Because it was intended to be fast, designers needed to come up with a smooth suspension, and the Hellcat's torsion-bar ride is smooth, for a tank.
"It's got that Buick ride," Gross said.
We drove over the deep ruts of a road that crossed the field - ruts deep enough that a Jeep or truck would have bounced - and I didn't even feel them. But I ran over a rock a little smaller than a bowling ball, and I could tell we hit it.
Crew comfort was not a large consideration. The "air conditioning" you get when seated in one of the front seats is the air being pulled down into the hull to help cool the transmission.
"These things were miserable hot in summer, miserable cold in winter," Mitchell said.
A tank destroyer looks a lot like a tank, but was built specially to knock out other tanks, with a heavy gun built to pierce armor. However, in the battlefield realities of
the war, the tank destroyers were used in many of the same roles as tanks, such as supporting infantry troops
and assaulting fortified positions.
Tank destroyers were built with open-top turrets, but some crews fabricated tops for them to get a little protection.
Standing in the tank commander's position, grabbing the replica 50-cal. machine gun, it's easy to see why - you're about half way out of the turret, feeling very exposed.
The .50-caliber is not operational. To comply with federal regulations, the Hellcat's 76-mm main gun was rendered inoperative before the machine was brought back to this country.
Even though the Hellcat's 18-ton weight is considered light for a tank, it is still heavy, and its 975-cubic-inch engine gulps fuel. Gross said it has used about two gallons per mile.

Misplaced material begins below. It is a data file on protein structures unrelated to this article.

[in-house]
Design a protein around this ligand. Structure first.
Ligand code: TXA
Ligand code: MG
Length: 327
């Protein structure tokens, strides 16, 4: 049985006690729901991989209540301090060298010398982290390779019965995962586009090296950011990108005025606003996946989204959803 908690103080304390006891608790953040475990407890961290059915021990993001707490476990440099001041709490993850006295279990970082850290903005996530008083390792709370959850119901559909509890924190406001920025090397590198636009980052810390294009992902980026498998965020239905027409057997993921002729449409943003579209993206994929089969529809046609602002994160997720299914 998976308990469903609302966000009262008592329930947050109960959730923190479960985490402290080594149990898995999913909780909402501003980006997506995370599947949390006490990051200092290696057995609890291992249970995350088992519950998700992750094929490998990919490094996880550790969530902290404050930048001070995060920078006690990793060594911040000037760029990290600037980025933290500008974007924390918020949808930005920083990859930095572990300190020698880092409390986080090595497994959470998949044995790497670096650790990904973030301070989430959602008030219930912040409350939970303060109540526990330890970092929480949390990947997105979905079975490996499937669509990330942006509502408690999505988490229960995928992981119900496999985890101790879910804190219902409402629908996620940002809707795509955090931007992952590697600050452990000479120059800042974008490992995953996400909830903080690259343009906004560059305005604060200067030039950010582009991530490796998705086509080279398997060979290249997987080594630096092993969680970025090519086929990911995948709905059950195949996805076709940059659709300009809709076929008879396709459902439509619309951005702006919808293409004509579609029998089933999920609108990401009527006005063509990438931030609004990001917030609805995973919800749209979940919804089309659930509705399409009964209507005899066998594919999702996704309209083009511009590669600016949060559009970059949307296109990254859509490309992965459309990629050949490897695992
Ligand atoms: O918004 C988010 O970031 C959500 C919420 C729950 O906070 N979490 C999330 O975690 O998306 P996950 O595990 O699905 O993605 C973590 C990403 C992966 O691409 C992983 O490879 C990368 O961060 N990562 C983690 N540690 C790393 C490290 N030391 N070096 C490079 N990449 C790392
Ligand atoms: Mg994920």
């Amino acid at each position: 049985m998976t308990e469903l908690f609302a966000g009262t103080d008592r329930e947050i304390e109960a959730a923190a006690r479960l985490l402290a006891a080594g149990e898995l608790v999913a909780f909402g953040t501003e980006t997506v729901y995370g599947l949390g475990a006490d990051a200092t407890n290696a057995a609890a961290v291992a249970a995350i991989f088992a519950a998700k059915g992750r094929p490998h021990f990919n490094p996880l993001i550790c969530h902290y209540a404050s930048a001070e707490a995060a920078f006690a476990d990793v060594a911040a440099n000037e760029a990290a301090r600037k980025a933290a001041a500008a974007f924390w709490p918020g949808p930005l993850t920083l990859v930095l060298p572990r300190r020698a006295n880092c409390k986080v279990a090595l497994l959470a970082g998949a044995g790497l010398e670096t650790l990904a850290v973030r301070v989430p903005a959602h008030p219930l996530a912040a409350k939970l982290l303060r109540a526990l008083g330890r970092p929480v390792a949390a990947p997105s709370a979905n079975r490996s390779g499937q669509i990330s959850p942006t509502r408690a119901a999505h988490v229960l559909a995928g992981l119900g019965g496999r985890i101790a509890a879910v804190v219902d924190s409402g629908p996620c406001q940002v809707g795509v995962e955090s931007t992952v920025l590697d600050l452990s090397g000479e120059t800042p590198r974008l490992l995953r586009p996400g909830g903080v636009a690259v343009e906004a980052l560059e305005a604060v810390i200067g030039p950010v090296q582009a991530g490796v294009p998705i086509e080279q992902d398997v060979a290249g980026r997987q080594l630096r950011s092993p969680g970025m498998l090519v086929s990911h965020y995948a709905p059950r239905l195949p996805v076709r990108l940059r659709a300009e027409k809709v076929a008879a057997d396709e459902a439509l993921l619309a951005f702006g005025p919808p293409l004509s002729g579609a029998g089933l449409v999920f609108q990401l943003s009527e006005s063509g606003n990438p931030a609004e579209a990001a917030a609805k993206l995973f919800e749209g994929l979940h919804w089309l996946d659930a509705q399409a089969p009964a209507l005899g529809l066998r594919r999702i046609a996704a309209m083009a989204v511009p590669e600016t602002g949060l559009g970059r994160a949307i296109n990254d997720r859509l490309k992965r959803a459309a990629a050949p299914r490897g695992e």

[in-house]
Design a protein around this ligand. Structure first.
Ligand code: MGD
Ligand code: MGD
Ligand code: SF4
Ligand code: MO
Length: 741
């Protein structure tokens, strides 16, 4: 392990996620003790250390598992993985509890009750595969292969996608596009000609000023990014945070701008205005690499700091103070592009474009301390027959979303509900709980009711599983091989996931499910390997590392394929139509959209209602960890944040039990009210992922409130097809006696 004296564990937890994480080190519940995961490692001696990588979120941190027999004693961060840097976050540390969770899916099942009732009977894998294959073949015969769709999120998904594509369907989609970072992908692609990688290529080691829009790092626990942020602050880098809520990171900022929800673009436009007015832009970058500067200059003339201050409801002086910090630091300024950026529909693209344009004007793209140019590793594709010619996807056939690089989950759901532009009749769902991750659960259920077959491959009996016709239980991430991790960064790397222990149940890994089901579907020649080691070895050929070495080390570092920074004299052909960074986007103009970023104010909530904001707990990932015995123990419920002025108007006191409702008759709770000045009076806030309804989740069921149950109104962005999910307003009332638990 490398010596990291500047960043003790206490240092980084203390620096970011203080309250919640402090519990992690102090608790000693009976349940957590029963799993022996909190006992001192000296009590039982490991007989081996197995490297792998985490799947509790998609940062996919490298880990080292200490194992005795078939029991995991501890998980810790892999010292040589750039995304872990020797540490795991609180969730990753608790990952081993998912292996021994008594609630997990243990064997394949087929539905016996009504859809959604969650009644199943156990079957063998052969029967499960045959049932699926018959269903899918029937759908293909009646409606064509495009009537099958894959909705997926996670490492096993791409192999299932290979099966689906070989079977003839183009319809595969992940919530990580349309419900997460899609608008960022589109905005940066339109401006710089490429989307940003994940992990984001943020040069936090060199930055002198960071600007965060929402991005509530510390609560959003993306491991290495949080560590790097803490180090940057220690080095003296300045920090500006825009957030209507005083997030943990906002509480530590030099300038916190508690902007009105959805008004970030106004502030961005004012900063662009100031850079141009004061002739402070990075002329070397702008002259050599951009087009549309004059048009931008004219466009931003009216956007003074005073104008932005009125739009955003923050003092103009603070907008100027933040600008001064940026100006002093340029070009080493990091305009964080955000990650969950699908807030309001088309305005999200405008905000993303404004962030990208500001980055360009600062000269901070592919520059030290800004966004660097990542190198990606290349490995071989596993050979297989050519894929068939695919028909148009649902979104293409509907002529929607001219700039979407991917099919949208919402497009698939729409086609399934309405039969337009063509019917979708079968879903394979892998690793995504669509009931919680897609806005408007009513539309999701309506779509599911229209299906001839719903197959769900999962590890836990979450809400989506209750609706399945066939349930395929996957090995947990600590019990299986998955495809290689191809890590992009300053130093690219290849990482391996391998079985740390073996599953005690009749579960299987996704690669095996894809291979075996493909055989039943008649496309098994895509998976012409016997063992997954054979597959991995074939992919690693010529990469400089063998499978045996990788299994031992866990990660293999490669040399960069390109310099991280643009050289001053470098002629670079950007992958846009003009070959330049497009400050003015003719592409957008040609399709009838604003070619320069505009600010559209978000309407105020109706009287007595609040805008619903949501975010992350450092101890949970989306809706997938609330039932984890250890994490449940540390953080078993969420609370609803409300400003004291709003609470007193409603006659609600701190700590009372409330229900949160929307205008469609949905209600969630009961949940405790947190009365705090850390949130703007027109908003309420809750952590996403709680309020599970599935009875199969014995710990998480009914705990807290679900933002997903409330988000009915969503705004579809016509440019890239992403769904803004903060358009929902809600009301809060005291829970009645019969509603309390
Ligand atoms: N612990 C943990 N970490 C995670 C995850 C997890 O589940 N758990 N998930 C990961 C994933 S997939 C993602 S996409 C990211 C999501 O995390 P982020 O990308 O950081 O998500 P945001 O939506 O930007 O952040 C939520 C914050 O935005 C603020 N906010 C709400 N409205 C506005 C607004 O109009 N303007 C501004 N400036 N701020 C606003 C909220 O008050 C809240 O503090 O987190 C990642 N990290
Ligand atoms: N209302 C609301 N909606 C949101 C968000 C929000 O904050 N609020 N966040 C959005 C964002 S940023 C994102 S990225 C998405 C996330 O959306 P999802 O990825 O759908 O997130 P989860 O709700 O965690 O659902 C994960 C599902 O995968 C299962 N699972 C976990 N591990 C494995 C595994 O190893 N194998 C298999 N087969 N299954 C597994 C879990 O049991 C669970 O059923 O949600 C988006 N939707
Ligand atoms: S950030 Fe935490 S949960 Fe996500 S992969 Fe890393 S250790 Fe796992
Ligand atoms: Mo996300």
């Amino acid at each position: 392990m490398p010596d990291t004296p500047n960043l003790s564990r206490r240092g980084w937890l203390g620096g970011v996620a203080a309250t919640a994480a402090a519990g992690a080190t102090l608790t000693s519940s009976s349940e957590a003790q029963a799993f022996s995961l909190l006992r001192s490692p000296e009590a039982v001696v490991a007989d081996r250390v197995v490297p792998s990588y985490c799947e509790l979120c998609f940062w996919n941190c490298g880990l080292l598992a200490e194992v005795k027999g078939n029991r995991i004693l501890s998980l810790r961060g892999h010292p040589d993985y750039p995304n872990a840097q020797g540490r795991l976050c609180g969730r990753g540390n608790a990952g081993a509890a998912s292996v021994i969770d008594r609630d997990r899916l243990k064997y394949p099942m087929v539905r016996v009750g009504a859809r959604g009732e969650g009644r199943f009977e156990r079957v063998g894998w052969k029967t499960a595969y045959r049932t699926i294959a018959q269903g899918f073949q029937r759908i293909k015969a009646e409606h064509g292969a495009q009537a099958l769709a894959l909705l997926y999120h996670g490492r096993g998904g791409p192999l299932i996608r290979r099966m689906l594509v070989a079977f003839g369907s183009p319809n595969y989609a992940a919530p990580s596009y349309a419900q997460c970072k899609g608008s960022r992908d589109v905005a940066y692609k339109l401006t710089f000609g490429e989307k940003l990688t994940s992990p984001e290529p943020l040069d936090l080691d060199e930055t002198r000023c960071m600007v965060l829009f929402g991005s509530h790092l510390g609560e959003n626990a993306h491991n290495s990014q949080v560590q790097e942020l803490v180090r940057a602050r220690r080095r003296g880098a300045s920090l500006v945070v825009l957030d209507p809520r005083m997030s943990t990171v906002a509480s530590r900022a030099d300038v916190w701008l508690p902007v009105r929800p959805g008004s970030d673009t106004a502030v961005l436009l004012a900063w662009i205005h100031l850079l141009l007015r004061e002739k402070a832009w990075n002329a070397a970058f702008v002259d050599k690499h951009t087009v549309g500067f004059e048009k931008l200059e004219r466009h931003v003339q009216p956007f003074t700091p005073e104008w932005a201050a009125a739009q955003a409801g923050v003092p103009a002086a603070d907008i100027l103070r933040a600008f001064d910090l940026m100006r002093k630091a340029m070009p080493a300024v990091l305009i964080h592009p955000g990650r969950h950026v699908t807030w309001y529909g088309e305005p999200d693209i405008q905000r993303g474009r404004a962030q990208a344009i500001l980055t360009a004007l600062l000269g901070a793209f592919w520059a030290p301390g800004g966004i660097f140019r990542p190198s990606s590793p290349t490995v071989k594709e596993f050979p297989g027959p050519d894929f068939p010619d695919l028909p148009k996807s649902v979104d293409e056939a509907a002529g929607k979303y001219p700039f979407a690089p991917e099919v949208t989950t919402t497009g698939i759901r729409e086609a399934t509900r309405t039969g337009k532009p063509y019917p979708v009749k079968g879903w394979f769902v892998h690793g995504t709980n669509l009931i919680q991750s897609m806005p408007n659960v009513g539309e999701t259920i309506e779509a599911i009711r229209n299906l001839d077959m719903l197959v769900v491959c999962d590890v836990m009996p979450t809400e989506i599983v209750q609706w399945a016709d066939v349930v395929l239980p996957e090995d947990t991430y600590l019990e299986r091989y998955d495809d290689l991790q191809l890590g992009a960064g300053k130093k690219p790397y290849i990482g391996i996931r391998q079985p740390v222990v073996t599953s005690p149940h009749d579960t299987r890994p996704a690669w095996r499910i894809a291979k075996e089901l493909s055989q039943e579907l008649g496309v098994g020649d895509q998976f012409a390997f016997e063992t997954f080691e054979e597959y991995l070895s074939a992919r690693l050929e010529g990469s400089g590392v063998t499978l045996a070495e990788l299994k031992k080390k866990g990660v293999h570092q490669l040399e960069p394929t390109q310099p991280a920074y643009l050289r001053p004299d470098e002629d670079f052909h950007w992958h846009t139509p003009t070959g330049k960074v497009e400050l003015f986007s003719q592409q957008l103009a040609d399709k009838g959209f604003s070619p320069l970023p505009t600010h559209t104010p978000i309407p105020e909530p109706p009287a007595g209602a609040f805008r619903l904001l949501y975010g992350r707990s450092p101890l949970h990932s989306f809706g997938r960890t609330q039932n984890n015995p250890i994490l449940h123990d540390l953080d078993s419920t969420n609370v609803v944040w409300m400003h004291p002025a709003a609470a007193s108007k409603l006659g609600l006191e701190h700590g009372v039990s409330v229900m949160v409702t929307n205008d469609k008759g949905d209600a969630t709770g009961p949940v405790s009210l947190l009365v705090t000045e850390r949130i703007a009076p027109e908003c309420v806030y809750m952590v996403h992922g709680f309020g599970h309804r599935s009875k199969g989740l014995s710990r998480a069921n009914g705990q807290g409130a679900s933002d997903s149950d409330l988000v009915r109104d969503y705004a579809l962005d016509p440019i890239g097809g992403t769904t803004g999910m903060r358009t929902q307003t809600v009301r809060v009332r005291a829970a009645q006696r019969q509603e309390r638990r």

Most of the restoration went quickly; about eight months from when they began taking it apart, the volunteers had it painted, reassembled and on display in time for Buick's 100th anniversary celebration in July 2003. Because the engine and transmission worked well, they did not take them apart.
The Hellcat is a rare beast. Only 2,507 were built between July 1943 and October 1944.
Gross said the restoration is nearly complete. They need to duplicate and
install some of the padding and rubber that went
around the edges of the hatch openings, the top of the turret and other places. They need to find or make
a gauge and control panel and want to locate a turret motor.
(If you've got a turret motor for a Sherman tank, that'll work just fine).
After WWII, the U.S. government gave many tanks, tank destroyers, trucks and other military vehicles to Yugoslavia and other countries in eastern Europe.
The tanks and tank destroyers were still in use as recently as the 1990s. When Yugoslavia broke up, different factions in the Balkans were using the Hellcat and the M-36, a tank destroyer built in Grand Blanc. The museum's M-18 was in the Balkans, and came home via a dealer in England.
Buick donated $45,000 toward the purchase of the Hellcat, which the museum hopes to display on Veteran's Day.
It'd be interesting to see whose ass the importer kissed to get the Form 6 signed. To allow US
origin equipment back into the States requires State Department approval, and they haven't been
doing that for quite a while.......
It took a lawsuit from some collectors & importers just to get ATF to start signing the Form 6's again
to allow foreign armor imports.... It's cheaper/easier to buy a British Chieftain than a 1950's era